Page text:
THE 180: One of the interesting things about the relationship between Turnaround and KIPP DC is that there are so many levels. We partner with KIPP DC individual schools, work with all principals, then your leadership. Are there examples of work at the leadership level that have informed the individual school work or vise-versa?

KATE FINLEY: Everything that we’re doing with the Tier 2 and 3 [student support] work right now has been informed by the deep dive schools because we’ve gotten to see it play out there first. They sort of act as the guinea pigs, and we’ve been able to use case study examples of their kids. We’re able to use things they’ve thought through, how they’ve rolled it out to their staff and set up systems to inform the deeper level with Gretchen. All of this informs what we put in front of other principals.

THE 180: Can you talk a bit more about Tier 2 and Tier 3 interventions?

KATE FINLEY: We’ve done two professional development sessions for leaders around Tier 2, starting with Multi-Tiered Systems of Support – how do interventions fit inside that system and what does it look like? Then we did trainings on it with vice principals and social workers to get processes started, like Kid Talk. We had each school set a June goal – a bare minimum of trying it out, or a maximum, like Quest Academy, which is rolling Kid Talk out at every grade level because they feel ready. Most of my other elementary schools are rolling it out at one grade level or piloting a few meetings. Our leaders need to choose how to do that based on what they know is best for their school right now.

We just started training on Tier 3. The expectation is that for next year, schools are using these systems with their teachers. And if it goes well for elementary schools, we can work with other schools. Generally, the approach is start small, do well at it, then really roll it out.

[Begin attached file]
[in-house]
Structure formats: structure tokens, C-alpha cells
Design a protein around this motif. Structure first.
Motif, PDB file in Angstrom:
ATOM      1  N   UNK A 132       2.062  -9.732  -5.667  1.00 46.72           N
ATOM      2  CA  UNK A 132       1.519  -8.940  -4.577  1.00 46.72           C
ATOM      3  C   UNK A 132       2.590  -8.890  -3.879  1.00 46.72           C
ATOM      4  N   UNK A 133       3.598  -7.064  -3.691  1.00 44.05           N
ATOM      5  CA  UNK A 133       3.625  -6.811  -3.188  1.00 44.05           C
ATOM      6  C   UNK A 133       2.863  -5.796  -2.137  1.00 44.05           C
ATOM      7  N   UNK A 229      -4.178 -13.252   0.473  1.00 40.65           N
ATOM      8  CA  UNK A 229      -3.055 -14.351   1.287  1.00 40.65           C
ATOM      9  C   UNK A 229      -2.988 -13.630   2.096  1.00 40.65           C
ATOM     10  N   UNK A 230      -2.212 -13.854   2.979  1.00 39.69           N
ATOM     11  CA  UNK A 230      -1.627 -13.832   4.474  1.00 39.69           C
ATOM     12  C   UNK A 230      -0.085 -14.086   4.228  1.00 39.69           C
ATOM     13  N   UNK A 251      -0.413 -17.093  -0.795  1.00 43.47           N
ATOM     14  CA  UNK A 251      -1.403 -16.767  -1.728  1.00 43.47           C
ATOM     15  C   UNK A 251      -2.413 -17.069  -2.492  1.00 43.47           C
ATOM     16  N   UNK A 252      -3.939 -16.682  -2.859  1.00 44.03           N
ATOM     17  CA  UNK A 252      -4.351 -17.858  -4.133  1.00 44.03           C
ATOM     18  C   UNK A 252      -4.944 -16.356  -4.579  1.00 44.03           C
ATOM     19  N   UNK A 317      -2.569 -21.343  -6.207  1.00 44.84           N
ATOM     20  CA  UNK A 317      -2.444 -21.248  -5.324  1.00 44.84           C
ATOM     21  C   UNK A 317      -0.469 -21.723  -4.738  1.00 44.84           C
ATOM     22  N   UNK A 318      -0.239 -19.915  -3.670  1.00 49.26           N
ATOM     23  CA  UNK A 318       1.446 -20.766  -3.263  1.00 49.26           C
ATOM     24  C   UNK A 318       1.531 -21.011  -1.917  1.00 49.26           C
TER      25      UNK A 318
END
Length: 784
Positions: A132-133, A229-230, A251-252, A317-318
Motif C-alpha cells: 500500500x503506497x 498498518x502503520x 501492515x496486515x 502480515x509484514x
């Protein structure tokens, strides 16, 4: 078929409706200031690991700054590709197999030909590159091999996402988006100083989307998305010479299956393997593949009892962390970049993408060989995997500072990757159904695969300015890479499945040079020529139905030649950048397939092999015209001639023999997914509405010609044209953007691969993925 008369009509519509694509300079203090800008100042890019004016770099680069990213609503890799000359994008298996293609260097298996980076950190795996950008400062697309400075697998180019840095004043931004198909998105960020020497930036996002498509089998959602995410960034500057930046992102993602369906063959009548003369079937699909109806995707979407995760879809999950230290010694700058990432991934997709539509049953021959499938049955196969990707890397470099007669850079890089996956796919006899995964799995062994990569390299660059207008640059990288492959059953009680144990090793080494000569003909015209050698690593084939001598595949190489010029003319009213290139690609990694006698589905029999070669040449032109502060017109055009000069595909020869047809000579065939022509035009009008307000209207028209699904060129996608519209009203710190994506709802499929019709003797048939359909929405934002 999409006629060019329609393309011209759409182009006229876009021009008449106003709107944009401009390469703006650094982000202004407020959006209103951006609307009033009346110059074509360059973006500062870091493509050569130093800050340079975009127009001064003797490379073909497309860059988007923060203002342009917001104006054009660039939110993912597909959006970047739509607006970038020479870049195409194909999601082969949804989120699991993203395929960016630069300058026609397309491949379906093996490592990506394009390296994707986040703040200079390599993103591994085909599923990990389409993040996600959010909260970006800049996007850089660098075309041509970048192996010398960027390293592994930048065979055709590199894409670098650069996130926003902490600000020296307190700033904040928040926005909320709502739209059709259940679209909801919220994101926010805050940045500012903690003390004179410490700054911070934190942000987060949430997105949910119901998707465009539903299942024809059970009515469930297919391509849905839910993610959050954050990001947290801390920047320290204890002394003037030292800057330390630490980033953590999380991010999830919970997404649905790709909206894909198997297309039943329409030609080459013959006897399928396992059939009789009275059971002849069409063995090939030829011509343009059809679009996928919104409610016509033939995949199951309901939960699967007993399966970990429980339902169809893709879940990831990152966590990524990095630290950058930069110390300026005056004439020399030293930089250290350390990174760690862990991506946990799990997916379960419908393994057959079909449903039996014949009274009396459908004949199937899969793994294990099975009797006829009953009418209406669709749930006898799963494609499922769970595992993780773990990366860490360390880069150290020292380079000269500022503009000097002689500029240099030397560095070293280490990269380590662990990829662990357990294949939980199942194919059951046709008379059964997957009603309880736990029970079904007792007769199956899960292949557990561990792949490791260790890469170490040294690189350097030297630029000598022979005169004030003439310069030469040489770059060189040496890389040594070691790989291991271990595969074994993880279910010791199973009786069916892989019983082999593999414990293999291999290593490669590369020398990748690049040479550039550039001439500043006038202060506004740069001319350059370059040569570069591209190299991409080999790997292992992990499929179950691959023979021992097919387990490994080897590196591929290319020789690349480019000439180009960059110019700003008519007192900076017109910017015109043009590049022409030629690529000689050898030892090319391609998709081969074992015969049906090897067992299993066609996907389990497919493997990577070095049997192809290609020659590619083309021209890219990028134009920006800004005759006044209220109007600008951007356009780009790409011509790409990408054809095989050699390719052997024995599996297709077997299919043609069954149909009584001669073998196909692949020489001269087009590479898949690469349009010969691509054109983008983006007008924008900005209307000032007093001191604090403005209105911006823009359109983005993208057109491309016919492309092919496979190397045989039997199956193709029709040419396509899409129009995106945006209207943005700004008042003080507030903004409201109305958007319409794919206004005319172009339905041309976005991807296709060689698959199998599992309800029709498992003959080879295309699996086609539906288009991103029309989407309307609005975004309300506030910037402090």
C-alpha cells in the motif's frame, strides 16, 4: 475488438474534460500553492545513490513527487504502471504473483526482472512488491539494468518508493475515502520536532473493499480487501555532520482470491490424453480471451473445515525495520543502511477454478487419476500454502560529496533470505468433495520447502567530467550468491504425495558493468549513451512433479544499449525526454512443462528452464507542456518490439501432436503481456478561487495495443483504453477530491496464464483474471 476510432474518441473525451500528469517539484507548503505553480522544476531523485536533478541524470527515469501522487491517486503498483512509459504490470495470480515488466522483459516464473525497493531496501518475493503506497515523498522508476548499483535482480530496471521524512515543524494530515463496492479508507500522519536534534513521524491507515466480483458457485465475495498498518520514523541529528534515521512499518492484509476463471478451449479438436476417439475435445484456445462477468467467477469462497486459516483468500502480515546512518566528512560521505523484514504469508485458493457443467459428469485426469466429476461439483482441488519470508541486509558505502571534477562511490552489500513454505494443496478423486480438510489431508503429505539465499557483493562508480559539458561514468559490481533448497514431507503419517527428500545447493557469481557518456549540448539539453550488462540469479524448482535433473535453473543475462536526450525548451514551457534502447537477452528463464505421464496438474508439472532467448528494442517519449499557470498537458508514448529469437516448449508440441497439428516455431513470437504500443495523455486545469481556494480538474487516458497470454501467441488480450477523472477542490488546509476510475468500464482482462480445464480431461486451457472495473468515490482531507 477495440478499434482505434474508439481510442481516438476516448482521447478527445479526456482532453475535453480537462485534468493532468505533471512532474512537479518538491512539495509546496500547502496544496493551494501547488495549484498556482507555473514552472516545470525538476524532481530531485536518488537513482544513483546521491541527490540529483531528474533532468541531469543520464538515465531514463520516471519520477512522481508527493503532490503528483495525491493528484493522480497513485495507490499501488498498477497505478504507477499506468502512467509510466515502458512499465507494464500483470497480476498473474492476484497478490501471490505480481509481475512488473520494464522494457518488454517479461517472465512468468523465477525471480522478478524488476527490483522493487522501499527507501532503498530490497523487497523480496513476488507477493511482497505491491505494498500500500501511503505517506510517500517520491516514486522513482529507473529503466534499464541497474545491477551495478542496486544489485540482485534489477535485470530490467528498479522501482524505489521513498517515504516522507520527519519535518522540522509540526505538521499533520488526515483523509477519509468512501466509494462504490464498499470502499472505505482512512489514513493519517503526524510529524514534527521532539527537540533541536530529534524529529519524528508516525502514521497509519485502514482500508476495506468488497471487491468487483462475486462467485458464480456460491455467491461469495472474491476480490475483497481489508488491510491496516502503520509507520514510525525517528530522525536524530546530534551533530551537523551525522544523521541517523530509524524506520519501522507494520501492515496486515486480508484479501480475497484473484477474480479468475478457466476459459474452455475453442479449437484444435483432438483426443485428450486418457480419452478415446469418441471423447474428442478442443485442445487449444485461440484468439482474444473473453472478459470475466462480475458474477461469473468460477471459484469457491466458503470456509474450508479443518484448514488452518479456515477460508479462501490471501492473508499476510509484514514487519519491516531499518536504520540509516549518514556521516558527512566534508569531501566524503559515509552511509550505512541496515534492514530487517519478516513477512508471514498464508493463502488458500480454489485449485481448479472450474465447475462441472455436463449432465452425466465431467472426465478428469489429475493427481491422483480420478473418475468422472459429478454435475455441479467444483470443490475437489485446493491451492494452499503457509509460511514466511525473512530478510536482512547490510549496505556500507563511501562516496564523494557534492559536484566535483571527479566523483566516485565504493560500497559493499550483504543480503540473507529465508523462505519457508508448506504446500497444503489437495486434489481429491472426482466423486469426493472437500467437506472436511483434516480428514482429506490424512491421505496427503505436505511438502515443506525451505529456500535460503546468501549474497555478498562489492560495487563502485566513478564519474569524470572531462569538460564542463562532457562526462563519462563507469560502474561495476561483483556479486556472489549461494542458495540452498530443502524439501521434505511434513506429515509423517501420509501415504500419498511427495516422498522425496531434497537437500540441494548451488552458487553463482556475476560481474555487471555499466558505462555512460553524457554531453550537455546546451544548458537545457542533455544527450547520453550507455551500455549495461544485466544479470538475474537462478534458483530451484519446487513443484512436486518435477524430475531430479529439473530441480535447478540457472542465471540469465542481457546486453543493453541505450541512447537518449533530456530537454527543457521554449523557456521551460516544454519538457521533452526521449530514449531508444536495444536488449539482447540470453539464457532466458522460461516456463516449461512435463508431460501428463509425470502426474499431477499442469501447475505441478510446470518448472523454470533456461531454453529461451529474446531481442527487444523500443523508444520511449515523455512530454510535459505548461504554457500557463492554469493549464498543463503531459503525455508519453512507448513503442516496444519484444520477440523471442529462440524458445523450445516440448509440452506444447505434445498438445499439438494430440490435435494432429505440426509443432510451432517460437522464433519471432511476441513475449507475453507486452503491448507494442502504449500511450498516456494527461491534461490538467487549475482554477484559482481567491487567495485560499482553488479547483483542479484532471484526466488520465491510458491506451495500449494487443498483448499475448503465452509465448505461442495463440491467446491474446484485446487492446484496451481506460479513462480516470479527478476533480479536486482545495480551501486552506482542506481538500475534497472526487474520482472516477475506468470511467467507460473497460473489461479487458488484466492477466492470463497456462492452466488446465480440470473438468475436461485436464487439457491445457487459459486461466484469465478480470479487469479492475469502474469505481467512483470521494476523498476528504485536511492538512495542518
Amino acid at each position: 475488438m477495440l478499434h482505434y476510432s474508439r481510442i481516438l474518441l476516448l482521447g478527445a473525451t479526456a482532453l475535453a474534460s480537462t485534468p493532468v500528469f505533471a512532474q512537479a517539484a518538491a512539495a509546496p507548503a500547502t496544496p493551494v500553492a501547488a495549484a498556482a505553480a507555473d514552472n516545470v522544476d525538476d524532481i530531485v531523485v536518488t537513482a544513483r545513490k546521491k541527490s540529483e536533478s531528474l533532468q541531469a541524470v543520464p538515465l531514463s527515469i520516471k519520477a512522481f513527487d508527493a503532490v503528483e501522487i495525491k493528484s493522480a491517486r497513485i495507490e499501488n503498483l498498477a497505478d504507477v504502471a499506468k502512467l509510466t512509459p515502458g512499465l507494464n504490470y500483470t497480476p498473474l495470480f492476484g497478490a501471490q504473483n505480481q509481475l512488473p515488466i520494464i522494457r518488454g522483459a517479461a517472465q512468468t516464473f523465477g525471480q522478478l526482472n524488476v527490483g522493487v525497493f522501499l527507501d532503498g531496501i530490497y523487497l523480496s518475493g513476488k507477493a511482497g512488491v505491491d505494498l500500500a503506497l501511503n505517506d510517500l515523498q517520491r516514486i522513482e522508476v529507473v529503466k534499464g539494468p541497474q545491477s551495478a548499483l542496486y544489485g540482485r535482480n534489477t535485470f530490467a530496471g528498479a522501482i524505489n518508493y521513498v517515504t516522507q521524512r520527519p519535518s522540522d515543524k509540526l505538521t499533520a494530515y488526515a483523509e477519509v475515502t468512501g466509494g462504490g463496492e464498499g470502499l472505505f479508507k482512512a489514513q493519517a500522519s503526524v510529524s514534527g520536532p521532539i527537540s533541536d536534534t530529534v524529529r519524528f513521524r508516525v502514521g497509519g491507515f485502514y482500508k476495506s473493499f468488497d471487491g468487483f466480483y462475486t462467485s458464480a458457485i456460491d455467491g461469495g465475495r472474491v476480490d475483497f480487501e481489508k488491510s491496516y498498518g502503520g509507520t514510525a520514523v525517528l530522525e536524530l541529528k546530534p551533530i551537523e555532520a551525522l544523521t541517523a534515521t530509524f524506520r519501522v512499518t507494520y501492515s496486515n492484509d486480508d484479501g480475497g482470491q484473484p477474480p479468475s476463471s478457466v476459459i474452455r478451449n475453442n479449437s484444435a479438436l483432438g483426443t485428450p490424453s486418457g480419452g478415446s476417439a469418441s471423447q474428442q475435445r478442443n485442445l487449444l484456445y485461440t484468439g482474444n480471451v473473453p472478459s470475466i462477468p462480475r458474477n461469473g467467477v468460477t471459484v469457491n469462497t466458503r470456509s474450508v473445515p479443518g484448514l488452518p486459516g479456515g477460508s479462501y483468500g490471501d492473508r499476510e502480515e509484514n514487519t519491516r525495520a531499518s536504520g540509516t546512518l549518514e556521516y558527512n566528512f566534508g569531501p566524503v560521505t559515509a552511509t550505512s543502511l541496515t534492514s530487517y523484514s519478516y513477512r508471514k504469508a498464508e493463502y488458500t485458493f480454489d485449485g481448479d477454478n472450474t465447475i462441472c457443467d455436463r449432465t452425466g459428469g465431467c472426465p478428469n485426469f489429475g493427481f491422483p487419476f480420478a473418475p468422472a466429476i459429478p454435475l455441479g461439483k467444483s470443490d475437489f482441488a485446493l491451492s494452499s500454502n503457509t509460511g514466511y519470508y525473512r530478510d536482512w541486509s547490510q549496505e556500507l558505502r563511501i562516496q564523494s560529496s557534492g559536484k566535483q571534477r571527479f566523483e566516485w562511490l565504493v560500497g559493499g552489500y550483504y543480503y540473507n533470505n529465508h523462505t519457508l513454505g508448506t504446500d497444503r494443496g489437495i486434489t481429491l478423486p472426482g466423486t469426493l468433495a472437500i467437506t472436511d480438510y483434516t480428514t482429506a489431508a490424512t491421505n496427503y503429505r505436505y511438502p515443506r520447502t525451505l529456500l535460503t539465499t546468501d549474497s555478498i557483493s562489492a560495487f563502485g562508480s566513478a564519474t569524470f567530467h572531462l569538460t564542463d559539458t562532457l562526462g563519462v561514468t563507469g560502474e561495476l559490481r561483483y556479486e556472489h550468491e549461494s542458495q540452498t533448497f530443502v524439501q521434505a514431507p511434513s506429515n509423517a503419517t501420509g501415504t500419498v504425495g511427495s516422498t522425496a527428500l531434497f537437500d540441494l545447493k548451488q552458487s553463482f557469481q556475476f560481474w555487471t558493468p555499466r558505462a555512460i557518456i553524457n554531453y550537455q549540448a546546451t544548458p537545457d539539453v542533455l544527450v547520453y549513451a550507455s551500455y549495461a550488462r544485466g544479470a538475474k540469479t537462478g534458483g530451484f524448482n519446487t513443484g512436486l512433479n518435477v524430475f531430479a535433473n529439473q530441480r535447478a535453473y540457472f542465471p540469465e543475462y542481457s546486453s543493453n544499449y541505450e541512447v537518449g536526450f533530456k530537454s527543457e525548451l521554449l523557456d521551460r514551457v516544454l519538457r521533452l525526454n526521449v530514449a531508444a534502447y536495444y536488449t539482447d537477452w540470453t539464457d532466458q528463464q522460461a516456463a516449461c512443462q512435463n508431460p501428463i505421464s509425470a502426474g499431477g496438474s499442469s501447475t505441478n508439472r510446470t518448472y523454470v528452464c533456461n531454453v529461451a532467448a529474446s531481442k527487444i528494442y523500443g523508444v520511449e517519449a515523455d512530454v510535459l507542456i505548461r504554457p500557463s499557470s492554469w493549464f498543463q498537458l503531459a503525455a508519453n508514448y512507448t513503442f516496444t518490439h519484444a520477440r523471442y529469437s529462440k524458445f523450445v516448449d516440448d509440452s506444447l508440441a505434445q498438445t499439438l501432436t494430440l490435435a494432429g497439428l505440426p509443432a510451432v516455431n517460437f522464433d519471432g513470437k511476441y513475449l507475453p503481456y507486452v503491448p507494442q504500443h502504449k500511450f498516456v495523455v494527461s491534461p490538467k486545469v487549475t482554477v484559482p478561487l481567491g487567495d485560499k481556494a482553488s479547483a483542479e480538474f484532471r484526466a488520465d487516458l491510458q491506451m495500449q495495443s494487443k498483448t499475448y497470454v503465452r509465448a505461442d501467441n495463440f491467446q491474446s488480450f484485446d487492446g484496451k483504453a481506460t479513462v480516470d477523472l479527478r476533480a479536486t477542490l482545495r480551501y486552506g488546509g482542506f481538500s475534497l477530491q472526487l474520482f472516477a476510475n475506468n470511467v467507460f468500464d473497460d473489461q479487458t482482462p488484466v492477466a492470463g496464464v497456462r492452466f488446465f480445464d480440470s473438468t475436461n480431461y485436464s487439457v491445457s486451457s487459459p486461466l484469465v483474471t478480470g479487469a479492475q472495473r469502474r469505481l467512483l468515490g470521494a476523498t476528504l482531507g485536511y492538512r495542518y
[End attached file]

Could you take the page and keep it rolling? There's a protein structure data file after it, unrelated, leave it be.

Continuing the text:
THE 180: What are you excited for about the future of the partnership?

KATE FINLEY: I’m looking forward to seeing how principals start their year next year based on some of the uncovering we’ve had in the Tier 1 space – how that informs our regional professional development and then how that informs their school decisions. And then, I’m really eager for us to be in a better place with our tier two and Tier 3 systems.

THE 180: What do you think is the most important thing that students need to succeed?

KATE FINLEY: A sense of belonging. If you walk into a place every day and it doesn’t feel like you belong there, that there’s not somebody there that loves you, then it’s really, really hard to set yourself up to learn and grow. I mean, I feel that way about coming to work. There’s a lot of brain science behind that. I think that our kids who are thriving feel loved and like they belong at school. And I think the ones that don’t feel that sense of belonging – it’s not necessarily the reason that they aren’t thriving, but it could be part of it.